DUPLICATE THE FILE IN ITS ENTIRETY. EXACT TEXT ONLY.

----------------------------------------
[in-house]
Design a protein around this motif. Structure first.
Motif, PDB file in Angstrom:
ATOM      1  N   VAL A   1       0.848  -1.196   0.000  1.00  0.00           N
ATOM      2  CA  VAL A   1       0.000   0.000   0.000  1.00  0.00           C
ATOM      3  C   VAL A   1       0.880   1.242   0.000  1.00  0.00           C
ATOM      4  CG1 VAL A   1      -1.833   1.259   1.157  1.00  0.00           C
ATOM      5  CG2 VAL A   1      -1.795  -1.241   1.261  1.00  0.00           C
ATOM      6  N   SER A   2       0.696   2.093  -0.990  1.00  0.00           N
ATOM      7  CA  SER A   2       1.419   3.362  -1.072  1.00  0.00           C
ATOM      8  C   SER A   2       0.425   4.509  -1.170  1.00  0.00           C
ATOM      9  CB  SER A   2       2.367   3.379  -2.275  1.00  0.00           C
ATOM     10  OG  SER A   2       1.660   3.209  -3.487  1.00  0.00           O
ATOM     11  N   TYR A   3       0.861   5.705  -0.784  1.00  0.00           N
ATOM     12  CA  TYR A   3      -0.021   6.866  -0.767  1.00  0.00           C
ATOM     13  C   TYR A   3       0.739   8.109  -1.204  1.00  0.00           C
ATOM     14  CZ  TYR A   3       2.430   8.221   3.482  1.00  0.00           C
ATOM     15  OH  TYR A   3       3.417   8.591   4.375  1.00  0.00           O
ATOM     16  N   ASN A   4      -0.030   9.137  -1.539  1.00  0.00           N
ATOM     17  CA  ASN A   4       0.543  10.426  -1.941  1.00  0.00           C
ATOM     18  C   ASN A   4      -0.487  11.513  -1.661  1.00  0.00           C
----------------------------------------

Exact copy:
[in-house]
Design a protein around this motif. Structure first.
Motif, PDB file in Angstrom:
ATOM      1  N   VAL A   1       0.848  -1.196   0.000  1.00  0.00           N
ATOM      2  CA  VAL A   1       0.000   0.000   0.000  1.00  0.00           C
ATOM      3  C   VAL A   1       0.880   1.242   0.000  1.00  0.00           C
ATOM      4  CG1 VAL A   1      -1.833   1.259   1.157  1.00  0.00           C
ATOM      5  CG2 VAL A   1      -1.795  -1.241   1.261  1.00  0.00           C
ATOM      6  N   SER A   2       0.696   2.093  -0.990  1.00  0.00           N
ATOM      7  CA  SER A   2       1.419   3.362  -1.072  1.00  0.00           C
ATOM      8  C   SER A   2       0.425   4.509  -1.170  1.00  0.00           C
ATOM      9  CB  SER A   2       2.367   3.379  -2.275  1.00  0.00           C
ATOM     10  OG  SER A   2       1.660   3.209  -3.487  1.00  0.00           O
ATOM     11  N   TYR A   3       0.861   5.705  -0.784  1.00  0.00           N
ATOM     12  CA  TYR A   3      -0.021   6.866  -0.767  1.00  0.00           C
ATOM     13  C   TYR A   3       0.739   8.109  -1.204  1.00  0.00           C
ATOM     14  CZ  TYR A   3       2.430   8.221   3.482  1.00  0.00           C
ATOM     15  OH  TYR A   3       3.417   8.591   4.375  1.00  0.00           O
ATOM     16  N   ASN A   4      -0.030   9.137  -1.539  1.00  0.00           N
ATOM     17  CA  ASN A   4       0.543  10.426  -1.941  1.00  0.00           C
ATOM     18  C   ASN A   4      -0.487  11.513  -1.661  1.00  0.00           C